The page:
I was standing in front of the classroom, doing my normal thing at the overhead. In the back of the classroom, there is a long line of probably about 10 different observers. They are dressed formally in black suits, holding clipboards or other writing surfaces. The door to the classroom opens and a student walks up to me with a late slip that I need to sign. I sign the slip. Then another student enters the door…with something that needed to be signed. Soon, there is a constant stream of students coming in, all with papers that need my signature on them. The black-suits in the back of the classroom scribble down on their notepads as I scrawl my name on slip after slip after slip…

Of course, my actual observation was nothing like my dream. I had the nicest, most down-to-earth woman ever as my observer. She was great.

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So, I know I was supposed to fall head-over-heels for the whole un-conference ed camp ju-ju, but I must confess that I came away from the experience feeling a little meh.

However, for full context, I should probably make crystal clear the fact that I’ve been feeling this way more and more about pretty much every conference I’ve been to over the past several years. When I first started out teaching–lo, so many years ago–I loved going to conferences. I found them exciting and energizing and inspiring and awesomely wonderful. But lately, I think the whole thing is just getting a little old–a tiny bit stale. I still enjoy attending conferences, but the big draw for me now is reconnecting with former colleagues and going to tweet-ups. Oh, and giving the occasional talk myself–that is certainly exciting…in a “I want to puke all over my fancy teacher shoes” kind of way.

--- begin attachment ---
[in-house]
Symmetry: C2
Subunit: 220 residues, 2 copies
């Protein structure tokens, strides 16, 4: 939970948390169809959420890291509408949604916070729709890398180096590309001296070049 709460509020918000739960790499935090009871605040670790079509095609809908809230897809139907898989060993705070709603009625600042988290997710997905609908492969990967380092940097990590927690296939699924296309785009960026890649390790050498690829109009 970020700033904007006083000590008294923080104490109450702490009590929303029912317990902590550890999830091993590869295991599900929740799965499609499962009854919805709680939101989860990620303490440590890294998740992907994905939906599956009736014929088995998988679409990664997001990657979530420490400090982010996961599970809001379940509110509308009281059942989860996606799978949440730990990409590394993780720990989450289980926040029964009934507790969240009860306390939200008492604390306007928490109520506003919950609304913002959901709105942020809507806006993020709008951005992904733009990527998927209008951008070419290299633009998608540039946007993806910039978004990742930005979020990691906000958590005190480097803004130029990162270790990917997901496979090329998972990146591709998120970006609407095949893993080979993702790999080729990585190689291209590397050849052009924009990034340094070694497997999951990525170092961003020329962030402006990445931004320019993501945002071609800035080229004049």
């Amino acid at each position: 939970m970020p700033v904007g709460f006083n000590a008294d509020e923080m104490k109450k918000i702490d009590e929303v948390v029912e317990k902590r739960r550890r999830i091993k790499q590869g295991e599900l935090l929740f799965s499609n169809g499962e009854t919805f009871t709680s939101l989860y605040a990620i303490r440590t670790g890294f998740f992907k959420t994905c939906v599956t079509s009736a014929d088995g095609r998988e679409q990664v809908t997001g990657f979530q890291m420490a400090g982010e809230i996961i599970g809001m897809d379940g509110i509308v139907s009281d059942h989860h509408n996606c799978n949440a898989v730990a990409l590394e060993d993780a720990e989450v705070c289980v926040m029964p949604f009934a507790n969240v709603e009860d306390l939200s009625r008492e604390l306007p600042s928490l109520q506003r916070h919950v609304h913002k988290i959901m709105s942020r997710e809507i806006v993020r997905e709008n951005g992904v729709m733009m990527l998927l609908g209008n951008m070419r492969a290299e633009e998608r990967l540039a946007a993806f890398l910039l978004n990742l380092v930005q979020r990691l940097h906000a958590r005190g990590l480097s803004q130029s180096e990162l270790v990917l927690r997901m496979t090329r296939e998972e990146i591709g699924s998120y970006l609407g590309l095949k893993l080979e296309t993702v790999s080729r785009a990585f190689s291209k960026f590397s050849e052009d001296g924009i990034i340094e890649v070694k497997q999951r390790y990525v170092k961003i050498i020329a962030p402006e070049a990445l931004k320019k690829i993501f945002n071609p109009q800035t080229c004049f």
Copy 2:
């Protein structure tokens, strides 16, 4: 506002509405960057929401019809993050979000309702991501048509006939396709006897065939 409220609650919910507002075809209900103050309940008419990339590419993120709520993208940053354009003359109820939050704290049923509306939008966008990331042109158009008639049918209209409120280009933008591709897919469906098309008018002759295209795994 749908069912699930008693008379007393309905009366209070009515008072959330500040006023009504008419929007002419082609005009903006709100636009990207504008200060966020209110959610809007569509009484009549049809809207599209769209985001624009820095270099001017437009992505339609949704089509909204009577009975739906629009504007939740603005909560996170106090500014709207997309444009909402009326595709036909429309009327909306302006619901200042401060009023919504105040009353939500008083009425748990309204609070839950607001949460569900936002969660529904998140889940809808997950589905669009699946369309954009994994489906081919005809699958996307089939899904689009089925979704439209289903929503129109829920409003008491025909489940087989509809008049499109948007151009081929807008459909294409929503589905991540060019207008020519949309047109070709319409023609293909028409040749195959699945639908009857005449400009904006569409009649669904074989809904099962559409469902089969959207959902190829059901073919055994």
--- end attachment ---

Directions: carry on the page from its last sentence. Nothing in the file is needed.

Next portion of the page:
I joked with Avery on the drive down that I had low expectations, so I wouldn’t be disappointed if things weren’t great, but I think I lied. I guess I had a deep-down secret wish that the edcamp model would knock my socks off for being so cutting-edge and grass-roots and innovative and I don’t know what else… and I didn’t find my experience to be all that different from an ** un-**un-conference (a.k.a. a normal conference).

From my exhaustive one-day experience I’ve concluded that edcamp is basically a good forum for talking with other teachers about interesting ideas that you want to ** start** exploring. If you want to talk about something you’ve been thinking about for a while, you will very possibly be the most experienced/opinionated/knowledgeable person in the room about that topic. I don’t know if there are some topics that might be more “edcamp friendly” than others…but the conversations I participated in seemed more like we were developing a list of online resources than hashing out a big idea. In some conversations I feel that was intentional, in others it seemed more like the underlying culture of people wanting to share “here’s something I did in my classroom” bubbling to the forefront. Not that sharing isn’t a great and meaningful activity, but sometimes it can come across as sounding overly dogmatic. “I did it this way, and so should you.” And, y’know, sometimes your cool idea just doesn’t do it for me.